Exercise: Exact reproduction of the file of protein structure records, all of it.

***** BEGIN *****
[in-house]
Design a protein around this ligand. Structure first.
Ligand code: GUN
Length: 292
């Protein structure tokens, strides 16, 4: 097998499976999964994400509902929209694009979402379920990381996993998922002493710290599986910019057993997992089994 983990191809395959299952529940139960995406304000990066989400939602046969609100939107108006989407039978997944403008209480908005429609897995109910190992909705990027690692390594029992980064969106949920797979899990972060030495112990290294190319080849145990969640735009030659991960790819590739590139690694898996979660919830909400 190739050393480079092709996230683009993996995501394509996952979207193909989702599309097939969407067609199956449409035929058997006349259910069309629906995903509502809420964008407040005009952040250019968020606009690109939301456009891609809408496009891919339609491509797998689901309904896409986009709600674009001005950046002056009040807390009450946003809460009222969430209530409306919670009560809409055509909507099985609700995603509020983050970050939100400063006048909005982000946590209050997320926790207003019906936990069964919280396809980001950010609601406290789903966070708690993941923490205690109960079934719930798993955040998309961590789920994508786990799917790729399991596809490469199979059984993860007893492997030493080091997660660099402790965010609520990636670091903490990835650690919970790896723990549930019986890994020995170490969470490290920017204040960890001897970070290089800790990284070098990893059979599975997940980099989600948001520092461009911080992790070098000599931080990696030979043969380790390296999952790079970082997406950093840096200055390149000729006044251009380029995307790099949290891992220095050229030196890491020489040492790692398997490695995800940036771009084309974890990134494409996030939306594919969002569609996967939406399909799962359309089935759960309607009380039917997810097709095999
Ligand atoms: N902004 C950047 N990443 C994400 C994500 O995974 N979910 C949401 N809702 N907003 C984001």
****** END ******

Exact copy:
[in-house]
Design a protein around this ligand. Structure first.
Ligand code: GUN
Length: 292
């Protein structure tokens, strides 16, 4: 097998499976999964994400509902929209694009979402379920990381996993998922002493710290599986910019057993997992089994 983990191809395959299952529940139960995406304000990066989400939602046969609100939107108006989407039978997944403008209480908005429609897995109910190992909705990027690692390594029992980064969106949920797979899990972060030495112990290294190319080849145990969640735009030659991960790819590739590139690694898996979660919830909400 190739050393480079092709996230683009993996995501394509996952979207193909989702599309097939969407067609199956449409035929058997006349259910069309629906995903509502809420964008407040005009952040250019968020606009690109939301456009891609809408496009891919339609491509797998689901309904896409986009709600674009001005950046002056009040807390009450946003809460009222969430209530409306919670009560809409055509909507099985609700995603509020983050970050939100400063006048909005982000946590209050997320926790207003019906936990069964919280396809980001950010609601406290789903966070708690993941923490205690109960079934719930798993955040998309961590789920994508786990799917790729399991596809490469199979059984993860007893492997030493080091997660660099402790965010609520990636670091903490990835650690919970790896723990549930019986890994020995170490969470490290920017204040960890001897970070290089800790990284070098990893059979599975997940980099989600948001520092461009911080992790070098000599931080990696030979043969380790390296999952790079970082997406950093840096200055390149000729006044251009380029995307790099949290891992220095050229030196890491020489040492790692398997490695995800940036771009084309974890990134494409996030939306594919969002569609996967939406399909799962359309089935759960309607009380039917997810097709095999
Ligand atoms: N902004 C950047 N990443 C994400 C994500 O995974 N979910 C949401 N809702 N907003 C984001």